The private finance initiative and the National Health Service: time to buy out the contracts?

Document type
Chris Edwards
Date of publication
3 February 2009
Thinkpiece; 45
Health Services
Social welfare
Material type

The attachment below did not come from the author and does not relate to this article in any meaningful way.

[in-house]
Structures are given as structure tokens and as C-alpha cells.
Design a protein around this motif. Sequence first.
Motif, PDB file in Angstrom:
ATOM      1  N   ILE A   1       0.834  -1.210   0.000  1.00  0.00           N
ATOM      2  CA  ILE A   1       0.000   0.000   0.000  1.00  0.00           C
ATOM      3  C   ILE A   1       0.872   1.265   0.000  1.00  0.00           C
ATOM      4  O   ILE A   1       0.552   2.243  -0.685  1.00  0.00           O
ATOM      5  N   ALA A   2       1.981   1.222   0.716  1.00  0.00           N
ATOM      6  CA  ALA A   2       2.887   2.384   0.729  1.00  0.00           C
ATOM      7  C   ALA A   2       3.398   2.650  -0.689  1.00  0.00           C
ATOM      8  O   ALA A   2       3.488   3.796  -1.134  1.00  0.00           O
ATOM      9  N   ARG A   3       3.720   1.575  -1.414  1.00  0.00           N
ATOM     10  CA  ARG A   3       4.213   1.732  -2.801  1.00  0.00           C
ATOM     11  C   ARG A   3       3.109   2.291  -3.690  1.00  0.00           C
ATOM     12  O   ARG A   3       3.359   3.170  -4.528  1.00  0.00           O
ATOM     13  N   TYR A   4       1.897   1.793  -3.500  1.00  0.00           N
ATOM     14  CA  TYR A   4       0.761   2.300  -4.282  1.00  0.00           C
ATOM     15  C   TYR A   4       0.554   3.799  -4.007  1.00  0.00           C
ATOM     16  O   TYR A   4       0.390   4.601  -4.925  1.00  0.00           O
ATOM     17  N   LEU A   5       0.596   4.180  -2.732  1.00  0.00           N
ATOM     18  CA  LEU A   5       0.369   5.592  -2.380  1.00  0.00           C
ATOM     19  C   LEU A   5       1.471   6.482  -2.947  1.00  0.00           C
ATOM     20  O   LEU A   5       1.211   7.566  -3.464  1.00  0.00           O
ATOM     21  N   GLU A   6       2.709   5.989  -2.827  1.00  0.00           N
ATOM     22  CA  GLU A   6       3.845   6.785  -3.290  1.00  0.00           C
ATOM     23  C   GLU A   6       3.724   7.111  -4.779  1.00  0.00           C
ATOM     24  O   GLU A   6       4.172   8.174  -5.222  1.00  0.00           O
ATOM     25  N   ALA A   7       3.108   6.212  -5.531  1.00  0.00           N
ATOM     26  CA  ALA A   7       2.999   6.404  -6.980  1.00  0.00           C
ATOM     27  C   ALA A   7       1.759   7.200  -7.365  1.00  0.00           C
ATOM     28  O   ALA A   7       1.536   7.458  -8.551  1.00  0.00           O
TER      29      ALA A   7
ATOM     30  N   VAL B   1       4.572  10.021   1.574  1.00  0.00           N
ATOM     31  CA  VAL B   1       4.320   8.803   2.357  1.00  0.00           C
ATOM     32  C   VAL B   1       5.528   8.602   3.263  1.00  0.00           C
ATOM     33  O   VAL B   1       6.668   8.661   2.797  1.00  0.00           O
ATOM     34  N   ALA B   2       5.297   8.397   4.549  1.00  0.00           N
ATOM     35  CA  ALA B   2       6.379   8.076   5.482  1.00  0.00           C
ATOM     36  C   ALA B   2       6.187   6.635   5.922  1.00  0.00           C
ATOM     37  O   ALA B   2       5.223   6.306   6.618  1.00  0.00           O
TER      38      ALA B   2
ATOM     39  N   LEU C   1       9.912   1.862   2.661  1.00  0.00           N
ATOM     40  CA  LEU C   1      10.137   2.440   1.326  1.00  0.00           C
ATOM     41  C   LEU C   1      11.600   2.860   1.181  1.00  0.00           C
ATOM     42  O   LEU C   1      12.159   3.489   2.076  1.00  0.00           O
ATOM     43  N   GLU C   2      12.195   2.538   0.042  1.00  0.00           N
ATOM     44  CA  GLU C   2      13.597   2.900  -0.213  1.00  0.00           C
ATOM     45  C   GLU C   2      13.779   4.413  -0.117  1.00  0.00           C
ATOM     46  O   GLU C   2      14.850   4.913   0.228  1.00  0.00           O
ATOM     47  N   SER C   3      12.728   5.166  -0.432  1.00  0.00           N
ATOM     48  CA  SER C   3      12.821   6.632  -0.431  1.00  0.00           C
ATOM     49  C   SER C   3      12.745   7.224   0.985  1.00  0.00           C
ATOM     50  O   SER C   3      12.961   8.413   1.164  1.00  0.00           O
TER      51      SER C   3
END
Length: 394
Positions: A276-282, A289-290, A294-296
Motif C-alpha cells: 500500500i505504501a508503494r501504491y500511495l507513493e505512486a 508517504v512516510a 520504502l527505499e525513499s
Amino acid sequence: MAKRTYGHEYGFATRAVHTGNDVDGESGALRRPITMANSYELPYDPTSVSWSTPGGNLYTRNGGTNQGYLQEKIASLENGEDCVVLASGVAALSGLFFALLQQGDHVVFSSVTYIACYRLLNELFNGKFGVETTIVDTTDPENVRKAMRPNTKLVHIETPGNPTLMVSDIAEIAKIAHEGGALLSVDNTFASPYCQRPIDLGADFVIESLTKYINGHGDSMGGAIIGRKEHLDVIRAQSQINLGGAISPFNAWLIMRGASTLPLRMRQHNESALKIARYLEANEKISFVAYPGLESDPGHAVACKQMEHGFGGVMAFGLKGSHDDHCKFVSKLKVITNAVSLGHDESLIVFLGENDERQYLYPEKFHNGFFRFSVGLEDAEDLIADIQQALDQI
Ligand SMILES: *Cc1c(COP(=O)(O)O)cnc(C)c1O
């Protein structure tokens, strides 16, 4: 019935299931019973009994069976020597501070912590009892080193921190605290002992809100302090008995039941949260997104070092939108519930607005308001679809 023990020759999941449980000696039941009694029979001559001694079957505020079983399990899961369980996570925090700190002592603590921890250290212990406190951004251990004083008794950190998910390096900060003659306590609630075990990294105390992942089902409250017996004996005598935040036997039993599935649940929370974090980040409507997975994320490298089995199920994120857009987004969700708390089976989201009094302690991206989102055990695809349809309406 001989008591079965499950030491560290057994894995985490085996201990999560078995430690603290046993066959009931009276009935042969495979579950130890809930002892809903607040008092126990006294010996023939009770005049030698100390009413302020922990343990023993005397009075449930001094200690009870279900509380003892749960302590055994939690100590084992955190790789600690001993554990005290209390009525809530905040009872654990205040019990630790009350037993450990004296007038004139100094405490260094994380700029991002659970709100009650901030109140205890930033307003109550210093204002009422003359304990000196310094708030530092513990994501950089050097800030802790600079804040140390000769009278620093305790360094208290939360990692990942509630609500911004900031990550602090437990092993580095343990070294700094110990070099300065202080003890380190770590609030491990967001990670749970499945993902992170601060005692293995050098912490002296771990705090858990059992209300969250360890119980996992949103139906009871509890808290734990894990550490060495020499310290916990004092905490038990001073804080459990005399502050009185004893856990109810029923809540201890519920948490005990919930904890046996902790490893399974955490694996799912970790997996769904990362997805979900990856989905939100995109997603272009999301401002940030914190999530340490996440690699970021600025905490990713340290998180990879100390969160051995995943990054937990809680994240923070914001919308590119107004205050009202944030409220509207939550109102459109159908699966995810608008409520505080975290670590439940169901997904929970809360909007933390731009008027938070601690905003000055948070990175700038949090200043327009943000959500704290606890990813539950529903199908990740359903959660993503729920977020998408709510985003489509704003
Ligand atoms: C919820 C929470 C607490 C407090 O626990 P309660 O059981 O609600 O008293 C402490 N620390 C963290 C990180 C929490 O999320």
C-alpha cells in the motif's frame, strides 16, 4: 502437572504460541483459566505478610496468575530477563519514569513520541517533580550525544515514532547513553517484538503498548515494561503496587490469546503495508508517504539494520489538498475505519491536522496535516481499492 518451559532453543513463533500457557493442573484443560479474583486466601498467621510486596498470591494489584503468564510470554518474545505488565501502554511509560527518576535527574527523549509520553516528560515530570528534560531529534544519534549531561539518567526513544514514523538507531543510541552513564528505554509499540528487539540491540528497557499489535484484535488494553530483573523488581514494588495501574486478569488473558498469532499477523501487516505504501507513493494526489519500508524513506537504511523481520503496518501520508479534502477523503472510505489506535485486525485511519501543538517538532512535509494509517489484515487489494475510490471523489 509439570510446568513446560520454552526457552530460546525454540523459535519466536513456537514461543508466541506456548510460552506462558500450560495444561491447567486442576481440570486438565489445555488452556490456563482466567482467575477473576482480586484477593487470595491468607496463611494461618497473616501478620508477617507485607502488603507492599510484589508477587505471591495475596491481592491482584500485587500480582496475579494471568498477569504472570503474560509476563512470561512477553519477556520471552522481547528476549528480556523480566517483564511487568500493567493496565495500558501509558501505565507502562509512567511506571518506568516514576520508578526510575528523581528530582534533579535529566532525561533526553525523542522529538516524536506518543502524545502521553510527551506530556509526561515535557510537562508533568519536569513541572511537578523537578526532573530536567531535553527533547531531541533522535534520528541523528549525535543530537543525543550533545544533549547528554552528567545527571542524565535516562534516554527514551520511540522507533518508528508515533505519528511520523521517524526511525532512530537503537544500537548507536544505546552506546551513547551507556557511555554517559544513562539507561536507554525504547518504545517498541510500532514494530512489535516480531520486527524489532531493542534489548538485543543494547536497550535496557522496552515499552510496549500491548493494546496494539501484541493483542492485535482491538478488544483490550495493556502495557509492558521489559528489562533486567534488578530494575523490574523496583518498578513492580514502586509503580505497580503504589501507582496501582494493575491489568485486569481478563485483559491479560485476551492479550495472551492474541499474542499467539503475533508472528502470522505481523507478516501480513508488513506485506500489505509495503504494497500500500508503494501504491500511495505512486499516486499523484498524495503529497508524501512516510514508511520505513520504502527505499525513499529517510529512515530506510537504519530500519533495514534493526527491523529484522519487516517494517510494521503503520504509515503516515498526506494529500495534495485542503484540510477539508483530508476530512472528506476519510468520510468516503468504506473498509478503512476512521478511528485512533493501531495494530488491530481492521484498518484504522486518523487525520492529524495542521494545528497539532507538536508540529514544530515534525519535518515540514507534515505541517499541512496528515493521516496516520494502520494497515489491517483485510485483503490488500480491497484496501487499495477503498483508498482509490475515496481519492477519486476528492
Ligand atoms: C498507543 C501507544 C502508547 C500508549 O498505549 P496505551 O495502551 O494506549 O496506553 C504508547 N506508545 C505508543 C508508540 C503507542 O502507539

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This paper examines the role and costs of Private Finance Initiative (PFI) investment in healthcare. The PFI is the scheme whereby companies in the private sector build and finance new hospitals and primary care premises and rent them back to the NHS over long contract periods of more than 30 years. Since 2004/05, the role of PFI investment in the NHS has grown rapidly. This research focuses on hospitals and in particular the Norfolk and Norwich University Hospital (NNUH). It examines the public and private costs of the investment and calculates that the extra cost imposed annually on the NNUH as a result of the PFI contracts is a minimum of £18.8 million. The reasons for government interest in PFI contracts are then explored in relation to the debate on public sector debt. The report concludes that buying out PFI hospital contracts may well generate large expenditure savings for the government and that future PFI programmes should be cut back so as to avoid even higher costs in the future.

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